But there was a time in August when I was walking my pup I realized that if anything happened to me, no one would know or possibly even care. Of course my family would care, but what if they didn’t know that something had happened>

As I said before, my routine was shop once a week, walk my pup, and stay inside. I was not working yet, and church is only once a week. If something had happened to me on a Monday, who would have known? It truly was a startling thought.

I am pleased to say now, that if anything happened to me, people would know, and they do care. If I didn’t show up at work one day, I am sure I would be contacted to make sure I was OK.

In the last article I spoke of the tipis. So to get back to niitóyis, the lodges, I want to talk a little about the design we often see painted on the side of the tipi. The right to paint an animal on the middle of the lodge was and is given to only a few elders of the tribe. The animal that is painted comes to the person in a dream. They don’t just say “I like bears, I want a bear on my niitóyis.”

The designs, if they are painted, share information from the past or are there to help the tribe. For instance, on the flaps at the top of the lodge are circles. The circles are symbols to represent the stars, which represent the legends that talk about lost or neglected children who ended up in the stars. This is a reminder to a family to watch and take care of their children.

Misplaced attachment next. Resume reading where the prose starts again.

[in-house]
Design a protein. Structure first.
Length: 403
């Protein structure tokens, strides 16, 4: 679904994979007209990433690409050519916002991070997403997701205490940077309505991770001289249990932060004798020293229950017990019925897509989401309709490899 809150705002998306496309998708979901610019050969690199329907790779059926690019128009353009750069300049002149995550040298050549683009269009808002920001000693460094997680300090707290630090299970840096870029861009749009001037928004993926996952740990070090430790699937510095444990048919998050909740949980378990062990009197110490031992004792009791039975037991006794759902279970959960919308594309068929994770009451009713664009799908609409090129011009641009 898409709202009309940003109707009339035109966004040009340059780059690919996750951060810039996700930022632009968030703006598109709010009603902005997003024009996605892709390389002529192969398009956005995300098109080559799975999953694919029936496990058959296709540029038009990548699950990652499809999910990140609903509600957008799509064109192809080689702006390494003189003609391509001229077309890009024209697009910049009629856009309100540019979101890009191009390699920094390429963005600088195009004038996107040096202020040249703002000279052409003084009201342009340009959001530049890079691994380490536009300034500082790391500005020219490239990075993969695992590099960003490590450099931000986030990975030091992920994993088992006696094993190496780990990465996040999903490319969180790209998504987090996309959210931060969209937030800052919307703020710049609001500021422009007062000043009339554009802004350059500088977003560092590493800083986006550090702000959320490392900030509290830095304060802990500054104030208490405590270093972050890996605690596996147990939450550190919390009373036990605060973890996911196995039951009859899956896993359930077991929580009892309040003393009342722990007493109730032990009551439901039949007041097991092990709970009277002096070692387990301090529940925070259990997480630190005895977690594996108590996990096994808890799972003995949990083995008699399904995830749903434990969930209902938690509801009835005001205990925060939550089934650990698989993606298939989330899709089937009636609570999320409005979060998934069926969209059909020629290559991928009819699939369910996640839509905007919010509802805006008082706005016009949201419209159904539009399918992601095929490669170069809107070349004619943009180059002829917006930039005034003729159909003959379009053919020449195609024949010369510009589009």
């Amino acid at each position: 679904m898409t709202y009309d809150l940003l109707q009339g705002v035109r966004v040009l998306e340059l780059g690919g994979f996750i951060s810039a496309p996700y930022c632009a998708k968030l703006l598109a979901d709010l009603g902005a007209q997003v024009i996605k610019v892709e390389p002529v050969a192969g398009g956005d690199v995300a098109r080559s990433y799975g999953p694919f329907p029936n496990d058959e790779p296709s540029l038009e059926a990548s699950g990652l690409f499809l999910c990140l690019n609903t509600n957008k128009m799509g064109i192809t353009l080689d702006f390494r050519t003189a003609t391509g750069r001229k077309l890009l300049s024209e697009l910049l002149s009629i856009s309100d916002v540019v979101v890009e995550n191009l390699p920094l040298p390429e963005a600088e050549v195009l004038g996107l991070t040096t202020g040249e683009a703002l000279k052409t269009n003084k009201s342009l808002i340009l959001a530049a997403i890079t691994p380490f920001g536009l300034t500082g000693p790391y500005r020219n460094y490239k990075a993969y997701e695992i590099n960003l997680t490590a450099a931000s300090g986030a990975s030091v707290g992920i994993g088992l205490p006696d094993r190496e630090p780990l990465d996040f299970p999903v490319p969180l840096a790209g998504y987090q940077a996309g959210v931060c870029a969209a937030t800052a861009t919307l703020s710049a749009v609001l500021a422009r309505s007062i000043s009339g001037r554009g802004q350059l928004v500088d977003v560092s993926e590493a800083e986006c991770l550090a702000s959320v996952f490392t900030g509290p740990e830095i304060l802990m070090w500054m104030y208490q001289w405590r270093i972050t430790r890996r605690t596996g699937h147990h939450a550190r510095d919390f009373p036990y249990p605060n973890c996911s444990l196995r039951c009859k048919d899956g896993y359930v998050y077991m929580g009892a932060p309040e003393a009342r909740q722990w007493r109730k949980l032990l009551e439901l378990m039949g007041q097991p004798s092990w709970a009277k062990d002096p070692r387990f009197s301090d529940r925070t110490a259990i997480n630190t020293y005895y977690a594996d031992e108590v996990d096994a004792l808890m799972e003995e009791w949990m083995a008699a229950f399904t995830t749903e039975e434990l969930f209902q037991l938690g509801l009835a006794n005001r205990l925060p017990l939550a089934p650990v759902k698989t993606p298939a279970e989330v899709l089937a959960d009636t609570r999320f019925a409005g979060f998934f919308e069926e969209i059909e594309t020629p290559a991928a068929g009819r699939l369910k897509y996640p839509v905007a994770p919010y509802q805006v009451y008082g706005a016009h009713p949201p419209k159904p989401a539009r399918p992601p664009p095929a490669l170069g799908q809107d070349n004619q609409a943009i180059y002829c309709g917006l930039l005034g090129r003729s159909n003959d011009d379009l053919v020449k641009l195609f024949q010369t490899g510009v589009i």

There is also a legend in which two men, Weasel Heart and Fisher, were preparing arrow shafts while sitting by the water. When they looked into the water, each spotted a niitóyis. One had a black buffalo, the other was a yellow painted buffalo. One at a time, they dove into the water, spoke to the man and woman in the lodge they entered, and were told to create a lodge like the one they were in. They obeyed and had the powers of the men within the underwater lodges.

According to the legend, they were able to create a shallow passage across the river to allow their people safe passage across the river, and that passage exists today.

The area I am living in is full of legends and history. I have heard that early explorers found an abandoned village, and I wondered how they knew it was once a village. What kept the tipis from blowing away in the wind? Well, now I know.

When a village was first created, the natives would gather large rocks from the area and those rocks would be placed in a circle around the base of the lodge. The rocks would be placed on the covering, like tent stakes. When the tribe moved on, the rocks would remain.

When we took the students on a field trip, we stopped to look at the tipi rings, I find I am learning information about the past, as I am teaching my children. There are times that they teach me about their tribe, area and legends, and I welcome it.

By allowing them to teach me about the culture, I am letting them know that I value their heritage, their knowledge, and that in life we are always learning.

Well, I am out of room, so Nii tak ko to mat tsi no, I will see you again.